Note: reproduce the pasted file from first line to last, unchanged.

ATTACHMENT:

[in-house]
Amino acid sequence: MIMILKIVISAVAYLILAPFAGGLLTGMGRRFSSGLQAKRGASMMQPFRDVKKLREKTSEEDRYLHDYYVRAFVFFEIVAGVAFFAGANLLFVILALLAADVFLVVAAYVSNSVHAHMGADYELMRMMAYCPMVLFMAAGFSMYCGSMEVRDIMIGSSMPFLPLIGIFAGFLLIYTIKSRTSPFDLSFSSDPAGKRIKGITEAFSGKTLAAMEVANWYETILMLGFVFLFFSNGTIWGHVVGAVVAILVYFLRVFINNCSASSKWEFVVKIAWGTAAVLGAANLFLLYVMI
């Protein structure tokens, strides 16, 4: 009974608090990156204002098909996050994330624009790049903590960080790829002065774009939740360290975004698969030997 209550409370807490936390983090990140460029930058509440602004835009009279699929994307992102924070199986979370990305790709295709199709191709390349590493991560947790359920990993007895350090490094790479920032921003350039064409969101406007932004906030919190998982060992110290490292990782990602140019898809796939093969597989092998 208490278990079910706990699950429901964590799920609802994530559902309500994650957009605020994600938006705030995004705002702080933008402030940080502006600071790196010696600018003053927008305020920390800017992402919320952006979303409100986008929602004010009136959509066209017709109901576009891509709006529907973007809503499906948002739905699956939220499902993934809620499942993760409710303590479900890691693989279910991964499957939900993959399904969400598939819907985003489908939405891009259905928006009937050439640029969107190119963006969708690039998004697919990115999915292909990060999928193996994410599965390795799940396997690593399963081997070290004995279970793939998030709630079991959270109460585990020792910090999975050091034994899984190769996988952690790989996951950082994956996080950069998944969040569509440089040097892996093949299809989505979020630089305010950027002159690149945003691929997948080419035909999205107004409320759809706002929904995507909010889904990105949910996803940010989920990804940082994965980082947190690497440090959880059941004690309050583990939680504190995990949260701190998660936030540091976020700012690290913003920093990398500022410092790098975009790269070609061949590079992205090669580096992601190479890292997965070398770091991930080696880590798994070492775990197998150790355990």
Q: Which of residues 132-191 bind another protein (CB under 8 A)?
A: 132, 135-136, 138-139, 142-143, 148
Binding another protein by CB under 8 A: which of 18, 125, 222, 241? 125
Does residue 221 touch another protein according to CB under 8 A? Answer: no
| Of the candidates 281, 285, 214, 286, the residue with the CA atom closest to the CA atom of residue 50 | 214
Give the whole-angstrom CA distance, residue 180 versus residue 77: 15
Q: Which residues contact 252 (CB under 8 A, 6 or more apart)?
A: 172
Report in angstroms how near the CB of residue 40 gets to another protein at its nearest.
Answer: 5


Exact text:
[in-house]
Amino acid sequence: MIMILKIVISAVAYLILAPFAGGLLTGMGRRFSSGLQAKRGASMMQPFRDVKKLREKTSEEDRYLHDYYVRAFVFFEIVAGVAFFAGANLLFVILALLAADVFLVVAAYVSNSVHAHMGADYELMRMMAYCPMVLFMAAGFSMYCGSMEVRDIMIGSSMPFLPLIGIFAGFLLIYTIKSRTSPFDLSFSSDPAGKRIKGITEAFSGKTLAAMEVANWYETILMLGFVFLFFSNGTIWGHVVGAVVAILVYFLRVFINNCSASSKWEFVVKIAWGTAAVLGAANLFLLYVMI
């Protein structure tokens, strides 16, 4: 009974608090990156204002098909996050994330624009790049903590960080790829002065774009939740360290975004698969030997 209550409370807490936390983090990140460029930058509440602004835009009279699929994307992102924070199986979370990305790709295709199709191709390349590493991560947790359920990993007895350090490094790479920032921003350039064409969101406007932004906030919190998982060992110290490292990782990602140019898809796939093969597989092998 208490278990079910706990699950429901964590799920609802994530559902309500994650957009605020994600938006705030995004705002702080933008402030940080502006600071790196010696600018003053927008305020920390800017992402919320952006979303409100986008929602004010009136959509066209017709109901576009891509709006529907973007809503499906948002739905699956939220499902993934809620499942993760409710303590479900890691693989279910991964499957939900993959399904969400598939819907985003489908939405891009259905928006009937050439640029969107190119963006969708690039998004697919990115999915292909990060999928193996994410599965390795799940396997690593399963081997070290004995279970793939998030709630079991959270109460585990020792910090999975050091034994899984190769996988952690790989996951950082994956996080950069998944969040569509440089040097892996093949299809989505979020630089305010950027002159690149945003691929997948080419035909999205107004409320759809706002929904995507909010889904990105949910996803940010989920990804940082994965980082947190690497440090959880059941004690309050583990939680504190995990949260701190998660936030540091976020700012690290913003920093990398500022410092790098975009790269070609061949590079992205090669580096992601190479890292997965070398770091991930080696880590798994070492775990197998150790355990």
Q: Which of residues 132-191 bind another protein (CB under 8 A)?
A: 132, 135-136, 138-139, 142-143, 148
Binding another protein by CB under 8 A: which of 18, 125, 222, 241? 125
Does residue 221 touch another protein according to CB under 8 A? Answer: no
| Of the candidates 281, 285, 214, 286, the residue with the CA atom closest to the CA atom of residue 50 | 214
Give the whole-angstrom CA distance, residue 180 versus residue 77: 15
Q: Which residues contact 252 (CB under 8 A, 6 or more apart)?
A: 172
Report in angstroms how near the CB of residue 40 gets to another protein at its nearest.
Answer: 5